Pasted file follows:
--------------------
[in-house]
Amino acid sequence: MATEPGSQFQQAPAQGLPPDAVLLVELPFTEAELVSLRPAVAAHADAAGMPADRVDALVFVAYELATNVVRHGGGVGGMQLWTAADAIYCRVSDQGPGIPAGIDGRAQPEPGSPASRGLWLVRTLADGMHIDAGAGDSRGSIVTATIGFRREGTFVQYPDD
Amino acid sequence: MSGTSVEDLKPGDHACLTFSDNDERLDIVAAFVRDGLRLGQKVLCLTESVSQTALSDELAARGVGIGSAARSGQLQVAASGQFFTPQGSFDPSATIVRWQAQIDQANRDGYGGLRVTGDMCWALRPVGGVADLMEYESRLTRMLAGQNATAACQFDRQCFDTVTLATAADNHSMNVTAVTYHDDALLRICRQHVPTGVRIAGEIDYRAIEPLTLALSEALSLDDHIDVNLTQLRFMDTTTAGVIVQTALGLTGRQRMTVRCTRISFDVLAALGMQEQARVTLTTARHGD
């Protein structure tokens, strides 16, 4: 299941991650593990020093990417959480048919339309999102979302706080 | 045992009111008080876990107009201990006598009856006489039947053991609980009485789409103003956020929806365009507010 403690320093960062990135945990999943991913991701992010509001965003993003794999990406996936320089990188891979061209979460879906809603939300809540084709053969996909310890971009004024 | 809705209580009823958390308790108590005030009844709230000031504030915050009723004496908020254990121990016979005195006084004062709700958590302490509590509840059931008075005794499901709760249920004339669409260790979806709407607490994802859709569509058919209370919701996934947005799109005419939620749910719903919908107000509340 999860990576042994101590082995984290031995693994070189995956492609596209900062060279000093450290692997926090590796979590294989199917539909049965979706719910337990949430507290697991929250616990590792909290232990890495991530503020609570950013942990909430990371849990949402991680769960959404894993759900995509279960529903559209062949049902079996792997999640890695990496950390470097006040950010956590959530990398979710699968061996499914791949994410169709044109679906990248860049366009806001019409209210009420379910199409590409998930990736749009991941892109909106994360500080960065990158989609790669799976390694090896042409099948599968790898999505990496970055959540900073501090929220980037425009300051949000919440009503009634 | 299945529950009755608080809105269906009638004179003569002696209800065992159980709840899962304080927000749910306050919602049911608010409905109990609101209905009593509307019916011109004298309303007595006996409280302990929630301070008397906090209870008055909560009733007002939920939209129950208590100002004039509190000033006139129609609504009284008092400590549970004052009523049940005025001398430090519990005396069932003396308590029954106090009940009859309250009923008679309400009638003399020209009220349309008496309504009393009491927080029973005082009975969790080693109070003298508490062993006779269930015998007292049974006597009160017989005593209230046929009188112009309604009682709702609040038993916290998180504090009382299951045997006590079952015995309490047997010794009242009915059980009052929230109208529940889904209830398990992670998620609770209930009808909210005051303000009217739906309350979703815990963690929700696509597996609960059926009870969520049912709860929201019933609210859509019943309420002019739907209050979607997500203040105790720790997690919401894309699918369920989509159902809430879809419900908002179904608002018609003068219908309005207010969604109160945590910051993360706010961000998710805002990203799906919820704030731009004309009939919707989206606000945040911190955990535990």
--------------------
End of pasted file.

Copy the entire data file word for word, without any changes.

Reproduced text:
[in-house]
Amino acid sequence: MATEPGSQFQQAPAQGLPPDAVLLVELPFTEAELVSLRPAVAAHADAAGMPADRVDALVFVAYELATNVVRHGGGVGGMQLWTAADAIYCRVSDQGPGIPAGIDGRAQPEPGSPASRGLWLVRTLADGMHIDAGAGDSRGSIVTATIGFRREGTFVQYPDD
Amino acid sequence: MSGTSVEDLKPGDHACLTFSDNDERLDIVAAFVRDGLRLGQKVLCLTESVSQTALSDELAARGVGIGSAARSGQLQVAASGQFFTPQGSFDPSATIVRWQAQIDQANRDGYGGLRVTGDMCWALRPVGGVADLMEYESRLTRMLAGQNATAACQFDRQCFDTVTLATAADNHSMNVTAVTYHDDALLRICRQHVPTGVRIAGEIDYRAIEPLTLALSEALSLDDHIDVNLTQLRFMDTTTAGVIVQTALGLTGRQRMTVRCTRISFDVLAALGMQEQARVTLTTARHGD
């Protein structure tokens, strides 16, 4: 299941991650593990020093990417959480048919339309999102979302706080 | 045992009111008080876990107009201990006598009856006489039947053991609980009485789409103003956020929806365009507010 403690320093960062990135945990999943991913991701992010509001965003993003794999990406996936320089990188891979061209979460879906809603939300809540084709053969996909310890971009004024 | 809705209580009823958390308790108590005030009844709230000031504030915050009723004496908020254990121990016979005195006084004062709700958590302490509590509840059931008075005794499901709760249920004339669409260790979806709407607490994802859709569509058919209370919701996934947005799109005419939620749910719903919908107000509340 999860990576042994101590082995984290031995693994070189995956492609596209900062060279000093450290692997926090590796979590294989199917539909049965979706719910337990949430507290697991929250616990590792909290232990890495991530503020609570950013942990909430990371849990949402991680769960959404894993759900995509279960529903559209062949049902079996792997999640890695990496950390470097006040950010956590959530990398979710699968061996499914791949994410169709044109679906990248860049366009806001019409209210009420379910199409590409998930990736749009991941892109909106994360500080960065990158989609790669799976390694090896042409099948599968790898999505990496970055959540900073501090929220980037425009300051949000919440009503009634 | 299945529950009755608080809105269906009638004179003569002696209800065992159980709840899962304080927000749910306050919602049911608010409905109990609101209905009593509307019916011109004298309303007595006996409280302990929630301070008397906090209870008055909560009733007002939920939209129950208590100002004039509190000033006139129609609504009284008092400590549970004052009523049940005025001398430090519990005396069932003396308590029954106090009940009859309250009923008679309400009638003399020209009220349309008496309504009393009491927080029973005082009975969790080693109070003298508490062993006779269930015998007292049974006597009160017989005593209230046929009188112009309604009682709702609040038993916290998180504090009382299951045997006590079952015995309490047997010794009242009915059980009052929230109208529940889904209830398990992670998620609770209930009808909210005051303000009217739906309350979703815990963690929700696509597996609960059926009870969520049912709860929201019933609210859509019943309420002019739907209050979607997500203040105790720790997690919401894309699918369920989509159902809430879809419900908002179904608002018609003068219908309005207010969604109160945590910051993360706010961000998710805002990203799906919820704030731009004309009939919707989206606000945040911190955990535990």